Talvar reiterates symbolically, that solving crime is just another job for some. At the same time, it’s a job with an inevitable but disallowed margin of error. How an actual murder mystery unveils in ‘real life’. Definitely not like an episode from Sherlock. 

My rating: **** (4 out of 5)

The Martian


The Martian
Release date: October 2, 2015
Directed by: Ridley Scott
Cast: Matt Damon, Jessica Chastain, Kate Mara, Jeff Daniels, Michael Pena, Chiwetel Ejiofor, Kristen Wiig, Donald Glover, Sebastian Stan, Mackenzie Davis, Benedict Wong, Sean Bean

In the last three weeks, I have seen three films: Katti Batti (atrociously plodding), Everest (good), and The Intern (yawn-inducing level bore). I couldn’t find the time, and/or I wasn’t motivated enough to get my fingers to waltz on my keyboard. Hollywood’s fixation with delivering movies themed on the events that happen with stranded astronauts, continues. Gravity (2013) and Interstellar (2014) both came out in the fall season, and The Martian follows suit.

With the common link of a stranded astronaut being left behind, things are slightly different (obviously). Mark Watney (Matt Damon) is a botanist who’s a part of Commander Melissa Lewis’ space expedition team. While the entire team is feeling ut the surface of Mars, they’re struck by a storm. They attempt to escape, and on reaching inside the capsule, they presume that Mark is probably dead. Their journey continues and they move ahead. Watney is pronounced dead on national television by the director of NASA, Teddy Sanders (Jeff Daniels).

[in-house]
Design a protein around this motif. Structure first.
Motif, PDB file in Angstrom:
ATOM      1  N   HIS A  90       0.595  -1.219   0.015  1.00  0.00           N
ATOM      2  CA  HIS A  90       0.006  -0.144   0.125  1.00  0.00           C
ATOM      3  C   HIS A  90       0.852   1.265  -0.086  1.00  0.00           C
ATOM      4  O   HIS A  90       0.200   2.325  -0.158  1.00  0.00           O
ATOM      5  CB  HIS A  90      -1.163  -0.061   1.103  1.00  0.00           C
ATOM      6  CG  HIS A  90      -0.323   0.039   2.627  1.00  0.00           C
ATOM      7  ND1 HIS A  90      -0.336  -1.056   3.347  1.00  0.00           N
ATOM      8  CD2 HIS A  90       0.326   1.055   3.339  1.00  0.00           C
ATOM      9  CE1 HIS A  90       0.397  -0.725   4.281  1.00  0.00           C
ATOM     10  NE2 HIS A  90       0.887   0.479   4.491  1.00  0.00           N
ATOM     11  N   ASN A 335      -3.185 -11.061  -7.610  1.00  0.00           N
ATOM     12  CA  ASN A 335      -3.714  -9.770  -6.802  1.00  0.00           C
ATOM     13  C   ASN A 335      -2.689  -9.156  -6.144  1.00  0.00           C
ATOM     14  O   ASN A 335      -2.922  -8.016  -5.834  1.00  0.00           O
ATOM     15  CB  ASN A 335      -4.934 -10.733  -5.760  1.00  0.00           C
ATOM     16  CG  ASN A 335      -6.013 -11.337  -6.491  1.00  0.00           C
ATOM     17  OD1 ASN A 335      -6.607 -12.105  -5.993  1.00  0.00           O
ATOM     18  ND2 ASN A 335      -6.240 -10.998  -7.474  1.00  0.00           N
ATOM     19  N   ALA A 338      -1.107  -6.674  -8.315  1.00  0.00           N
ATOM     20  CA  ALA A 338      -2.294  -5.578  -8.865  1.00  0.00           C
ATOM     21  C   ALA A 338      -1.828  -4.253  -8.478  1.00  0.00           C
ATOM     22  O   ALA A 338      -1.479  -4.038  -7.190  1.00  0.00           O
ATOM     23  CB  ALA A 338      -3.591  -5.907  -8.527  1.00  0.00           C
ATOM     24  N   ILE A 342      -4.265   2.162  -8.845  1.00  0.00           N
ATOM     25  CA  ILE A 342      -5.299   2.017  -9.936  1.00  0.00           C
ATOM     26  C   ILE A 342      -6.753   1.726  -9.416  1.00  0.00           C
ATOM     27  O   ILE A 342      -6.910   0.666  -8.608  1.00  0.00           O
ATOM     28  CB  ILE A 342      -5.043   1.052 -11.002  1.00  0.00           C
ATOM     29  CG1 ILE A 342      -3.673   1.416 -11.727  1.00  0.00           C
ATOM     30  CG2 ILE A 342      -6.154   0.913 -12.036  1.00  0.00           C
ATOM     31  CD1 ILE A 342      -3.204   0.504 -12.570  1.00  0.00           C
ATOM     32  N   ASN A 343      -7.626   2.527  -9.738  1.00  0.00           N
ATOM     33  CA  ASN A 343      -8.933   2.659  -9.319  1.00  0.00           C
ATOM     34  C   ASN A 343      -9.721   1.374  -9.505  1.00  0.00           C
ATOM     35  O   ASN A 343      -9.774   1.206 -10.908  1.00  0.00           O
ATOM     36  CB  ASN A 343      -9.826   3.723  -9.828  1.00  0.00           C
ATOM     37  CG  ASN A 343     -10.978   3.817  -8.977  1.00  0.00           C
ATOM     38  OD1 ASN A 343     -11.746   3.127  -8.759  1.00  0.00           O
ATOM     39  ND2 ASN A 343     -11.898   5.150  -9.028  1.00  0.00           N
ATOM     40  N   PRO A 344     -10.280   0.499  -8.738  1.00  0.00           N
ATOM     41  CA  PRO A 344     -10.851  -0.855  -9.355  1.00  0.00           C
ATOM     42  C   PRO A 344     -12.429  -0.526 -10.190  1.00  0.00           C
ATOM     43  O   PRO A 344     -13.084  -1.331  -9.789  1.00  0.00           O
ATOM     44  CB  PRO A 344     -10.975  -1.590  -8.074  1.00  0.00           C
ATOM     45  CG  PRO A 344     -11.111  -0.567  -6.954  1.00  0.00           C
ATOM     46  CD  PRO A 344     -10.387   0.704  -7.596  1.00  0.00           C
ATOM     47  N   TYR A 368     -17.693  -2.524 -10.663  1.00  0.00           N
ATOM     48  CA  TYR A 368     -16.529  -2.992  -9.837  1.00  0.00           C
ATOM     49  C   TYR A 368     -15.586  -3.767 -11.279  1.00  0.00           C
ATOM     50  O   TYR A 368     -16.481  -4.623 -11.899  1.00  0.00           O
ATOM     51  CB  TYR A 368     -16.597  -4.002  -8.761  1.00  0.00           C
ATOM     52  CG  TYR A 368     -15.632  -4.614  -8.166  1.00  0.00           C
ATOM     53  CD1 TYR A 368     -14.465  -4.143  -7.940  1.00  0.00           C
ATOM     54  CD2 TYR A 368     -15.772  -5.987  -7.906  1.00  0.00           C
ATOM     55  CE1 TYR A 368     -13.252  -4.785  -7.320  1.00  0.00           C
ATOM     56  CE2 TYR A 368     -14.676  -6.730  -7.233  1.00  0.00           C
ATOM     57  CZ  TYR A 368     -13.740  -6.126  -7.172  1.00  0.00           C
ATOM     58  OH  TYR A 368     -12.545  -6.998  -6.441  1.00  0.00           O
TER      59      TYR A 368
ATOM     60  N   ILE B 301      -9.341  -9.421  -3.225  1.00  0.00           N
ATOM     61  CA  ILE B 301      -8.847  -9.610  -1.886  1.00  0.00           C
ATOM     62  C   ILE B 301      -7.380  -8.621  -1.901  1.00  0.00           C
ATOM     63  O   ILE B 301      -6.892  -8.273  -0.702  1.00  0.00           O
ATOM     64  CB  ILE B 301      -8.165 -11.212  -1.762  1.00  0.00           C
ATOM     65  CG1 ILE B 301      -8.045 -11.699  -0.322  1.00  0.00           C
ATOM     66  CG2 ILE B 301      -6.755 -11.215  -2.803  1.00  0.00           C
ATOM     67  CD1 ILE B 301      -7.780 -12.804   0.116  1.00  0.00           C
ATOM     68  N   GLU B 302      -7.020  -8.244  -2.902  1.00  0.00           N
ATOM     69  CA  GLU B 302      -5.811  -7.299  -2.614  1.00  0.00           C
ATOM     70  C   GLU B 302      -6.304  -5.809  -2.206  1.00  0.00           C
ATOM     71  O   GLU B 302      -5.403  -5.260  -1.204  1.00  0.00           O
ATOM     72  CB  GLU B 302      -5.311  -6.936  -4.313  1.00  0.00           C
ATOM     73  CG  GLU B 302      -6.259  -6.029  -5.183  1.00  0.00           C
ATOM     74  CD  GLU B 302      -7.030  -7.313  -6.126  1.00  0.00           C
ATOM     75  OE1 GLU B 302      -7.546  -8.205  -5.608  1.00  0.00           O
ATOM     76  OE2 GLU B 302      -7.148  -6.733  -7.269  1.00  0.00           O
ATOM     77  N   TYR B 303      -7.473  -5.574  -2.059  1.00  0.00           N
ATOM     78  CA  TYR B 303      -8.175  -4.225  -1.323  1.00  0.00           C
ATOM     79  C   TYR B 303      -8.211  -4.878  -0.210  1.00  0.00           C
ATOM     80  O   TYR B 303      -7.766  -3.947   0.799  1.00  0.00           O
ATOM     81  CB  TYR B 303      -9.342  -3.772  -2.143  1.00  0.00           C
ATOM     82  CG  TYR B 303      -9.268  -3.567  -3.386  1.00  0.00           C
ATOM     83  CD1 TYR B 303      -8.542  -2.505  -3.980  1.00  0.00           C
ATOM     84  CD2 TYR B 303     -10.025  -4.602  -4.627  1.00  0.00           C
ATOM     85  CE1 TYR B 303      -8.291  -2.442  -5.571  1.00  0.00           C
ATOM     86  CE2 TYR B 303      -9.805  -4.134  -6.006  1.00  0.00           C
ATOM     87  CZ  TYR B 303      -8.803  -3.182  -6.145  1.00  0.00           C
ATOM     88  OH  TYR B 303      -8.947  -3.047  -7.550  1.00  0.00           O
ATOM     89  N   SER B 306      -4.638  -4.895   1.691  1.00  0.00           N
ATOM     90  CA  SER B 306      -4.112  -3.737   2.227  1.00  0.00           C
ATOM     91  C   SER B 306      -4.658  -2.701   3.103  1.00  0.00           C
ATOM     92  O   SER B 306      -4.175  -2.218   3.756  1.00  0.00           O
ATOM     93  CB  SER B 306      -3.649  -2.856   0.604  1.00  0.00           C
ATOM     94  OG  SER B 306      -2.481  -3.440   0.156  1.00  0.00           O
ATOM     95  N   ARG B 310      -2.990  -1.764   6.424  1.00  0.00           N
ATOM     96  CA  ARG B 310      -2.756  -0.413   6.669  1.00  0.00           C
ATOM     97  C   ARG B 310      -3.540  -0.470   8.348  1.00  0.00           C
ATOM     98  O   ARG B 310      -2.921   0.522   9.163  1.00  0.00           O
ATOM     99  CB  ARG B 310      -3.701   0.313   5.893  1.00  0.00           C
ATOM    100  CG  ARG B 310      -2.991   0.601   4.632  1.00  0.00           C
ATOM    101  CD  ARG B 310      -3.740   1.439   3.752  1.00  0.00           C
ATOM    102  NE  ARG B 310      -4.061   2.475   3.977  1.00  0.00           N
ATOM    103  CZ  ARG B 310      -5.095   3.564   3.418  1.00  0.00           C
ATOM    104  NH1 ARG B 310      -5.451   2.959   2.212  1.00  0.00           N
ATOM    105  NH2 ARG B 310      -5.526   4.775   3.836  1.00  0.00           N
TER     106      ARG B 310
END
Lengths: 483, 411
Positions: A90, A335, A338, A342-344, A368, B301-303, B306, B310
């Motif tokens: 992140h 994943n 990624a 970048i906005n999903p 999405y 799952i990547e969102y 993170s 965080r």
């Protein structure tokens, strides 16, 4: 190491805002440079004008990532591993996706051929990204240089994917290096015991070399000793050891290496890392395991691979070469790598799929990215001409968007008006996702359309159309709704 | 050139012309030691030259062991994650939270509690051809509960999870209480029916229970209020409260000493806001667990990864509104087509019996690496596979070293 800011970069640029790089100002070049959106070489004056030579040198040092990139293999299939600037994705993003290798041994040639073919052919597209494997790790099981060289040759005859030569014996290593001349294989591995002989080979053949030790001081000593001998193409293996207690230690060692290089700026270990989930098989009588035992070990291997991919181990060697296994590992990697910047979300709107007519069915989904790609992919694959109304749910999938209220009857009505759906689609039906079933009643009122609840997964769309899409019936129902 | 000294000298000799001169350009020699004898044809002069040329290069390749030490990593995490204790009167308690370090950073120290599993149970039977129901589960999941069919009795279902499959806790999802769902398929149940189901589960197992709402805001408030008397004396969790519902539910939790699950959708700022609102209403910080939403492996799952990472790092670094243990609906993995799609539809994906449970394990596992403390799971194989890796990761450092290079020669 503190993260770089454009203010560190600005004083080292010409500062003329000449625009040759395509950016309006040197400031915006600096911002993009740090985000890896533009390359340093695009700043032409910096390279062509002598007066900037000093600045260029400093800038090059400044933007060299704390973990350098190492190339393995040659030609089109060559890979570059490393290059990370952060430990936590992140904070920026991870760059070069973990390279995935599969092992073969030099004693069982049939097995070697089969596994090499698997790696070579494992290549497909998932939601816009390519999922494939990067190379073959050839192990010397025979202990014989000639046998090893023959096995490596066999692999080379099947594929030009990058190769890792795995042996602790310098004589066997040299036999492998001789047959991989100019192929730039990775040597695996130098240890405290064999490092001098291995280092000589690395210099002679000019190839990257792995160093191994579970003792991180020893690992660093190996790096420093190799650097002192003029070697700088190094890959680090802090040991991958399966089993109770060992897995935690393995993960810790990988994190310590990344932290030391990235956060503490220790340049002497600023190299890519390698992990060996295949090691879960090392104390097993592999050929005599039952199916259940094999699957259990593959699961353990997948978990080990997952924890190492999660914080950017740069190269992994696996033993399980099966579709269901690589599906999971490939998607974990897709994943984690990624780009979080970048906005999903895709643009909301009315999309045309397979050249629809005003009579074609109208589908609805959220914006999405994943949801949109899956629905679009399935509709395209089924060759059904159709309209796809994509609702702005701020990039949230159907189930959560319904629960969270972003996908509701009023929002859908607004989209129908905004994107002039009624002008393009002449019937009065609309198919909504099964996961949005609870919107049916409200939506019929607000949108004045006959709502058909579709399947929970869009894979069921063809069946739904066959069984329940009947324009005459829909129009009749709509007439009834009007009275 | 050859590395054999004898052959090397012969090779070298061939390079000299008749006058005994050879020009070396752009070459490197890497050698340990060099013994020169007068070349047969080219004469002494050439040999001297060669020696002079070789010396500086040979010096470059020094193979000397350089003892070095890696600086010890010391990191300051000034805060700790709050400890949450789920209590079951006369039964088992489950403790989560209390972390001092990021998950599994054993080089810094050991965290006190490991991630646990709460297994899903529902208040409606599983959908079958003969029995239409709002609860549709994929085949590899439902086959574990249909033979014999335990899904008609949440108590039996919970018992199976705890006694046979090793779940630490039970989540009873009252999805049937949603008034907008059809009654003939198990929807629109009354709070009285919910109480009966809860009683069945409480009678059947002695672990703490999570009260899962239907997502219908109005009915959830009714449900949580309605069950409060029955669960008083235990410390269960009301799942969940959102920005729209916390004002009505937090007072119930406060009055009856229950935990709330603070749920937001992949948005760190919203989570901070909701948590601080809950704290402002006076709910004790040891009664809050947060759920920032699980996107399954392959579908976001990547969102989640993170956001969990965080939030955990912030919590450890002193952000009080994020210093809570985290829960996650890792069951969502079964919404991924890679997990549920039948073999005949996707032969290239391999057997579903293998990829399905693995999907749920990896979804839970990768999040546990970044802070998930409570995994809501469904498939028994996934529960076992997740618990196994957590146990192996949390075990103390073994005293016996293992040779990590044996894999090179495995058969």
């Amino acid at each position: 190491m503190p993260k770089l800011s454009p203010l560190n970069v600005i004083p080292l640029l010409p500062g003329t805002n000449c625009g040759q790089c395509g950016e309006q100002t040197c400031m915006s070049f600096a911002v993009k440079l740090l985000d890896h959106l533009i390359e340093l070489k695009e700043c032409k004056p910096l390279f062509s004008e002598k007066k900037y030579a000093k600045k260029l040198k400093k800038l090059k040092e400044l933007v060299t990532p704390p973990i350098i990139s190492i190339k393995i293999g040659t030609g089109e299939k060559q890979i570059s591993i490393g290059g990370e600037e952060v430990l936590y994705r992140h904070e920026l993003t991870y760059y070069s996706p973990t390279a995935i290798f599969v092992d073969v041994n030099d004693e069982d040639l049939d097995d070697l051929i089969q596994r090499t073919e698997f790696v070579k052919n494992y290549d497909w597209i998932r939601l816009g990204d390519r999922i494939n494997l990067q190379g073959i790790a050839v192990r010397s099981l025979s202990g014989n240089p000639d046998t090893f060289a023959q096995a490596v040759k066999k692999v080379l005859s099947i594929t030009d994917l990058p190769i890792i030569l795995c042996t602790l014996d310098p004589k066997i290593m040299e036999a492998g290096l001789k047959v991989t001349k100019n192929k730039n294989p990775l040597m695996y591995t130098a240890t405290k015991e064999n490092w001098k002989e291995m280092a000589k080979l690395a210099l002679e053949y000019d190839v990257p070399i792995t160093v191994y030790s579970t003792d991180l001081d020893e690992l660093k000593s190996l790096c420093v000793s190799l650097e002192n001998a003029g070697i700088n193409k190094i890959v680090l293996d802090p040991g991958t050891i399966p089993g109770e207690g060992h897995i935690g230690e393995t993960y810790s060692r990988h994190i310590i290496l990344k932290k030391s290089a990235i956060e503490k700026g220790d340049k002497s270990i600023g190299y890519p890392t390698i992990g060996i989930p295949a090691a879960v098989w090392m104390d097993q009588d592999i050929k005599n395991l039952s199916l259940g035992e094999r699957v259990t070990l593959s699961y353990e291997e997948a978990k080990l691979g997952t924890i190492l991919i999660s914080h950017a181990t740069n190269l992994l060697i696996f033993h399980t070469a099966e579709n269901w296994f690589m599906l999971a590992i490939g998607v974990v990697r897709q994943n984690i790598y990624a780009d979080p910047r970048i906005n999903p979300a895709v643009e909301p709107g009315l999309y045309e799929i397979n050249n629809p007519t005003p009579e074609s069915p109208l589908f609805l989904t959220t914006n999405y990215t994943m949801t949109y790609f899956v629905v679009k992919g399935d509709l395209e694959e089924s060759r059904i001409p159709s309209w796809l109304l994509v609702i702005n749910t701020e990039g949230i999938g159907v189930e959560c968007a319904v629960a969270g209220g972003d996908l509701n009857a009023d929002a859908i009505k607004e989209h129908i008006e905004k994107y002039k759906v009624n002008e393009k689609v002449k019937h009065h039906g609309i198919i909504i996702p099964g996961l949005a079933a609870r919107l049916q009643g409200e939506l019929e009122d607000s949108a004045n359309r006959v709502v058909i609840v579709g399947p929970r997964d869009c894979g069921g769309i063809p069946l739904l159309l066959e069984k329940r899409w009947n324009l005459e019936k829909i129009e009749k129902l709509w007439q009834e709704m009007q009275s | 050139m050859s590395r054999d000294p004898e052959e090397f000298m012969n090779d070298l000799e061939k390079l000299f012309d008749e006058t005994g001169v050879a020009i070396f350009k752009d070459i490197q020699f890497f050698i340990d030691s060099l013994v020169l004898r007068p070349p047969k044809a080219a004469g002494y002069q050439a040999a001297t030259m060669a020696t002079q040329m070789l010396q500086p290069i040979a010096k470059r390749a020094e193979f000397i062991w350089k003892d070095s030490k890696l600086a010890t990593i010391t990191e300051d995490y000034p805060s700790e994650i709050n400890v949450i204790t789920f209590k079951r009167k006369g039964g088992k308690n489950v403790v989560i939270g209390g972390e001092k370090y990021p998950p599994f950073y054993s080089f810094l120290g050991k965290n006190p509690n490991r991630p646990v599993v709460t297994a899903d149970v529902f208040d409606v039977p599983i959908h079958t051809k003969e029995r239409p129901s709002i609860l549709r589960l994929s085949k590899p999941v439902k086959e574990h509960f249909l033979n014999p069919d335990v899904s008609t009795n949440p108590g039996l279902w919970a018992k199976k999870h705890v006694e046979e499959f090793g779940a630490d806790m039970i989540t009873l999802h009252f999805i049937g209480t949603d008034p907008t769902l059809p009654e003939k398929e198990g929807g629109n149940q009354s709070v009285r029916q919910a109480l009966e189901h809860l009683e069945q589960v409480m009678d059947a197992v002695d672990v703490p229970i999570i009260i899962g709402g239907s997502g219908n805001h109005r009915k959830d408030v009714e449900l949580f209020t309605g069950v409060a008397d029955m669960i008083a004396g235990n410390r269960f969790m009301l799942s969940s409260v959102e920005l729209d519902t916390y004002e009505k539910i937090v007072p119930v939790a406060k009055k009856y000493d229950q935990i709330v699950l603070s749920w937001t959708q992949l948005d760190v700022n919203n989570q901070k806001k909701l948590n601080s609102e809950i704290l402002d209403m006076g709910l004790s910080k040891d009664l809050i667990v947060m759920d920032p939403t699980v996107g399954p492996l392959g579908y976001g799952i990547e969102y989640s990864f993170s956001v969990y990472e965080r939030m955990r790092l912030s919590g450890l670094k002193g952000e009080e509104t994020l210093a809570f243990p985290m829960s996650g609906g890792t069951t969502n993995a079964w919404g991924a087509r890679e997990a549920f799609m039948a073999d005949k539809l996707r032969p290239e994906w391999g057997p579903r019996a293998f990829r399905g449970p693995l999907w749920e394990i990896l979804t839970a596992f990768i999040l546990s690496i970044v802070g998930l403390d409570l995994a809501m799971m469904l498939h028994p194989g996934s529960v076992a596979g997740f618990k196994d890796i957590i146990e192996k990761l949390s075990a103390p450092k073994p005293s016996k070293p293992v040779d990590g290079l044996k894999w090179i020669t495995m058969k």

There’s just something about Teddy Sanders’ speeches that reminds me of Will McAvoy from ACN.

And Teddy does show some fine elocution.

Meanwhile in Mars, Mark is using staple guns to stitch him up, inventing water and ‘colonizing’ the ‘earth’ on the Red Planet. He’s stranded for days, weeks and months, and shows very little signs of fatigue, be it emotional or physical. It would be even wrong to expect a thoroughly trained space-hero to shed tears incessantly, but the head-on approach that Watney takes to living on Mars, right from day one is kinda beguiling and yet incredulous.

Mark Watney is also super-confident while recording his video log, he’s also witty. He’s the Chuck Norris and the temporarily vegetarian Bear Grylls. The focus shifts from his inventions and escapades to the continuous back and forth discussions between Vincent Kapoor (Chiwetel Ejiofor), Sanders, and Bruce (Benedict Wong) on how to get Watney back.

Plans fail and plans are reworked. Kate Mara gets the sidekick romance with one of her crew members and Jessica Chastain loves Disco music. Big ups for the disco music though. Unpredictability is not a virtue that The Martian looks to aim for, it compromises in being fairly good with all its predictability.

There’s no major space mumbo jumbo here, just a simple story that throws a few surprises at you along the way.

My rating: *** (3 out of 5)